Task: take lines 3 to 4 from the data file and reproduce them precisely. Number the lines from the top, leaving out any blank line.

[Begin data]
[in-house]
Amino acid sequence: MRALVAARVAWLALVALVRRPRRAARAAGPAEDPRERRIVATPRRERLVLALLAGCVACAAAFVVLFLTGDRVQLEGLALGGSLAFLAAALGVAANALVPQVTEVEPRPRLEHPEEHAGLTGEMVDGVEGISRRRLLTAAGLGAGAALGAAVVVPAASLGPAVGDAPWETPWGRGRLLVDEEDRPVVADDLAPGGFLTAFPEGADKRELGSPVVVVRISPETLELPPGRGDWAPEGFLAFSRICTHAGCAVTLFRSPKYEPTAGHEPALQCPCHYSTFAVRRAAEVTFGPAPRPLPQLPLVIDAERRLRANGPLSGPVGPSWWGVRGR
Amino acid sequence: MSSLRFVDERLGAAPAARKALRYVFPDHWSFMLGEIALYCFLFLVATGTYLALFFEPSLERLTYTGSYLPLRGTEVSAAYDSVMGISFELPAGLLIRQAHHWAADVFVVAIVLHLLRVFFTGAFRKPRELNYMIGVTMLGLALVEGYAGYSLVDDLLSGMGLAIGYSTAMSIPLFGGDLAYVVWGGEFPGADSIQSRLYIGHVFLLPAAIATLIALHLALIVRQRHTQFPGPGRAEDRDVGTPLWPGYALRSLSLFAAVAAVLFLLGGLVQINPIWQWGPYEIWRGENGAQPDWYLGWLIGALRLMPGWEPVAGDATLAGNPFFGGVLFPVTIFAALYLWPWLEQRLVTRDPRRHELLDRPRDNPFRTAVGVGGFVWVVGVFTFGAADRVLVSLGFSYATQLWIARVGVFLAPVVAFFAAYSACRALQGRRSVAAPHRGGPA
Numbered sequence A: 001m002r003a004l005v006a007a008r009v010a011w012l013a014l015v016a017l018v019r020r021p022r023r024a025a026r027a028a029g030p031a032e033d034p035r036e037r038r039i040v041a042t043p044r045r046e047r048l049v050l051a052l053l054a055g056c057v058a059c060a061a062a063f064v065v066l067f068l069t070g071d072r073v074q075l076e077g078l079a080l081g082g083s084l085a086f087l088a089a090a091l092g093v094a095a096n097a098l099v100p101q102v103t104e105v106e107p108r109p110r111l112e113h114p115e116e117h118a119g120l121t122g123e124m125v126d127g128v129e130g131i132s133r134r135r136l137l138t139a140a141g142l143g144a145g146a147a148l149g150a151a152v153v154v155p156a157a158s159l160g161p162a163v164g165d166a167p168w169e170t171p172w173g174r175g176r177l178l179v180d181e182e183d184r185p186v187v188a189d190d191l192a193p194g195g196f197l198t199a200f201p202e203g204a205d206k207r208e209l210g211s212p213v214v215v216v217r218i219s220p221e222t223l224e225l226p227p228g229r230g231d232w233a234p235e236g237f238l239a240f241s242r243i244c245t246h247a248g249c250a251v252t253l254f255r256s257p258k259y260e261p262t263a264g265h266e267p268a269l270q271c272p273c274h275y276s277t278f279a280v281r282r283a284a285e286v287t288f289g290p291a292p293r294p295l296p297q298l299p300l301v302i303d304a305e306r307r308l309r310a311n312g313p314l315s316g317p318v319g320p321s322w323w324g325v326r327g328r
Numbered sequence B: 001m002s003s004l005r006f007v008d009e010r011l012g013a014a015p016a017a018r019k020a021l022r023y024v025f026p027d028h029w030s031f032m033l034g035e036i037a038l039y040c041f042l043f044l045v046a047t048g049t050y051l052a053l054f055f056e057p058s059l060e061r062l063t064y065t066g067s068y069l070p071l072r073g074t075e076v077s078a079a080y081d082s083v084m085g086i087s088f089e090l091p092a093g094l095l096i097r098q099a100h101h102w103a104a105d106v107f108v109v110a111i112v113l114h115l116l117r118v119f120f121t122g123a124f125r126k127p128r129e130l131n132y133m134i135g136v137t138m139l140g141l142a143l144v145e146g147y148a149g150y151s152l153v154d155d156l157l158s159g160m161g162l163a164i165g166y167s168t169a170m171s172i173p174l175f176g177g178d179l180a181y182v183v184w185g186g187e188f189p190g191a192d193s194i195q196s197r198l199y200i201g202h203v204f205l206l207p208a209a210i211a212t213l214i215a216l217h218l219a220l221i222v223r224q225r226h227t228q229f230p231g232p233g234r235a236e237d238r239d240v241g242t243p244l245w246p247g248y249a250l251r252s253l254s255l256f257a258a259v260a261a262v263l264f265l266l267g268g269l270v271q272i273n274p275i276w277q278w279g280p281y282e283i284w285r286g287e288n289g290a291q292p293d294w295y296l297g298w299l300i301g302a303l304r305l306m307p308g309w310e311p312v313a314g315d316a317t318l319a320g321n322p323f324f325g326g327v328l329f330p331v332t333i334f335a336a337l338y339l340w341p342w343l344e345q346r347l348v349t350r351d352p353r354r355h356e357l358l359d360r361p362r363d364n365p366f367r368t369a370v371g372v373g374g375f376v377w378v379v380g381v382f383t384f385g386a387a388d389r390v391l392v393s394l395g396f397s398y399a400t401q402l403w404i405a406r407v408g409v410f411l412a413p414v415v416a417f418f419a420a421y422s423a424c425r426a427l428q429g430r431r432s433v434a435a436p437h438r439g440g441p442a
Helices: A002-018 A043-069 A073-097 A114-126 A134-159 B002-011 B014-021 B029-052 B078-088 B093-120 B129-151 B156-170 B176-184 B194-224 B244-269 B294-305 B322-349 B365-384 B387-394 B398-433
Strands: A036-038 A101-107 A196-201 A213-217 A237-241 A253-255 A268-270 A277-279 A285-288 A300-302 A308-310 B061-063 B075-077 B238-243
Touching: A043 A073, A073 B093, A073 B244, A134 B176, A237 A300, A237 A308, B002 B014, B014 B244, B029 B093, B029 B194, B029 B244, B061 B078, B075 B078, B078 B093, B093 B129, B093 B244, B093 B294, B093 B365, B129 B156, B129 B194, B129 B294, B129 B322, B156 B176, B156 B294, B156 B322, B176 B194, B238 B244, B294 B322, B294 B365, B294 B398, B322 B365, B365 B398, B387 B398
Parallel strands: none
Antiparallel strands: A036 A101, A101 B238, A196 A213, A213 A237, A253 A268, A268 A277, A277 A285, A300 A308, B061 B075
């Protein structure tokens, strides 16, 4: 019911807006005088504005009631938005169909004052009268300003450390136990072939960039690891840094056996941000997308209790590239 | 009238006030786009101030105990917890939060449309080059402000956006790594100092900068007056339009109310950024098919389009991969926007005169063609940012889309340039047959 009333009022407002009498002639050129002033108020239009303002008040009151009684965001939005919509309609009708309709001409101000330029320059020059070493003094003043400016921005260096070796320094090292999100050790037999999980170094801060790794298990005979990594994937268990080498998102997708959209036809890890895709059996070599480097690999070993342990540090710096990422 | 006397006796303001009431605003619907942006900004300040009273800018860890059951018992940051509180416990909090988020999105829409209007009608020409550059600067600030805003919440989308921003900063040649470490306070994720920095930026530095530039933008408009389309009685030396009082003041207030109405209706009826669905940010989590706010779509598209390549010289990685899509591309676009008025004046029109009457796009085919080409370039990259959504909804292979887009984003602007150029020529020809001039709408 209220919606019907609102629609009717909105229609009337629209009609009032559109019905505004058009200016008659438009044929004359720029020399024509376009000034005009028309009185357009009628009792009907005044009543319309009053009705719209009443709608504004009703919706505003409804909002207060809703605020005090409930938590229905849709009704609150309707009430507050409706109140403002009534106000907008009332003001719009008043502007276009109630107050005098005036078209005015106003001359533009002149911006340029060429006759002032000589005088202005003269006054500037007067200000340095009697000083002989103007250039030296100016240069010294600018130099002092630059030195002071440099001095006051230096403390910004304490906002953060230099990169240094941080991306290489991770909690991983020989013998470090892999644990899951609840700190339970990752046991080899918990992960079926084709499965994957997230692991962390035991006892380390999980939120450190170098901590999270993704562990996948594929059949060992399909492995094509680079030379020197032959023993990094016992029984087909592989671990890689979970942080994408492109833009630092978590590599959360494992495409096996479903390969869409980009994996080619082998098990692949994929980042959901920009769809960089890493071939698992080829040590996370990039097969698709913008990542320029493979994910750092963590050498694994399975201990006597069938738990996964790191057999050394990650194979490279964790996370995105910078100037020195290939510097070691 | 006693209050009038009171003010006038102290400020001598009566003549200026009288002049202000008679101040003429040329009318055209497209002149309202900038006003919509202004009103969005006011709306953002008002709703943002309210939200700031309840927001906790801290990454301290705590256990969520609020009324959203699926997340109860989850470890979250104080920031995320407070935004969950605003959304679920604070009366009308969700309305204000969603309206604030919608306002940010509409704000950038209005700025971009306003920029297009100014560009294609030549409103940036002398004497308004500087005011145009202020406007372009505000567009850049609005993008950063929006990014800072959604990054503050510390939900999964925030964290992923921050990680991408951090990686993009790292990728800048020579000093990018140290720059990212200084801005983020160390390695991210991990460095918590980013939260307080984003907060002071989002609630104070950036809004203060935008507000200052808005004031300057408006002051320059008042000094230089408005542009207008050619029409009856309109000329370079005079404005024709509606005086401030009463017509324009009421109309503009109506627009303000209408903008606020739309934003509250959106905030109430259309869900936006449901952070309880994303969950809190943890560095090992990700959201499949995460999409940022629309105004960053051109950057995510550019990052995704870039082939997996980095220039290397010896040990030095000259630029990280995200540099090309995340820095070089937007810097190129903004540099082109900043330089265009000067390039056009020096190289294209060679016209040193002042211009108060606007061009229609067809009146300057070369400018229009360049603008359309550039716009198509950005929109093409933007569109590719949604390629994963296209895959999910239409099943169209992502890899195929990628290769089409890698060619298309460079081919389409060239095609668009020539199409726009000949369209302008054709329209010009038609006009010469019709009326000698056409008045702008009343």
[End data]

Amino acid sequence: MSSLRFVDERLGAAPAARKALRYVFPDHWSFMLGEIALYCFLFLVATGTYLALFFEPSLERLTYTGSYLPLRGTEVSAAYDSVMGISFELPAGLLIRQAHHWAADVFVVAIVLHLLRVFFTGAFRKPRELNYMIGVTMLGLALVEGYAGYSLVDDLLSGMGLAIGYSTAMSIPLFGGDLAYVVWGGEFPGADSIQSRLYIGHVFLLPAAIATLIALHLALIVRQRHTQFPGPGRAEDRDVGTPLWPGYALRSLSLFAAVAAVLFLLGGLVQINPIWQWGPYEIWRGENGAQPDWYLGWLIGALRLMPGWEPVAGDATLAGNPFFGGVLFPVTIFAALYLWPWLEQRLVTRDPRRHELLDRPRDNPFRTAVGVGGFVWVVGVFTFGAADRVLVSLGFSYATQLWIARVGVFLAPVVAFFAAYSACRALQGRRSVAAPHRGGPA
Numbered sequence A: 001m002r003a004l005v006a007a008r009v010a011w012l013a014l015v016a017l018v019r020r021p022r023r024a025a026r027a028a029g030p031a032e033d034p035r036e037r038r039i040v041a042t043p044r045r046e047r048l049v050l051a052l053l054a055g056c057v058a059c060a061a062a063f064v065v066l067f068l069t070g071d072r073v074q075l076e077g078l079a080l081g082g083s084l085a086f087l088a089a090a091l092g093v094a095a096n097a098l099v100p101q102v103t104e105v106e107p108r109p110r111l112e113h114p115e116e117h118a119g120l121t122g123e124m125v126d127g128v129e130g131i132s133r134r135r136l137l138t139a140a141g142l143g144a145g146a147a148l149g150a151a152v153v154v155p156a157a158s159l160g161p162a163v164g165d166a167p168w169e170t171p172w173g174r175g176r177l178l179v180d181e182e183d184r185p186v187v188a189d190d191l192a193p194g195g196f197l198t199a200f201p202e203g204a205d206k207r208e209l210g211s212p213v214v215v216v217r218i219s220p221e222t223l224e225l226p227p228g229r230g231d232w233a234p235e236g237f238l239a240f241s242r243i244c245t246h247a248g249c250a251v252t253l254f255r256s257p258k259y260e261p262t263a264g265h266e267p268a269l270q271c272p273c274h275y276s277t278f279a280v281r282r283a284a285e286v287t288f289g290p291a292p293r294p295l296p297q298l299p300l301v302i303d304a305e306r307r308l309r310a311n312g313p314l315s316g317p318v319g320p321s322w323w324g325v326r327g328r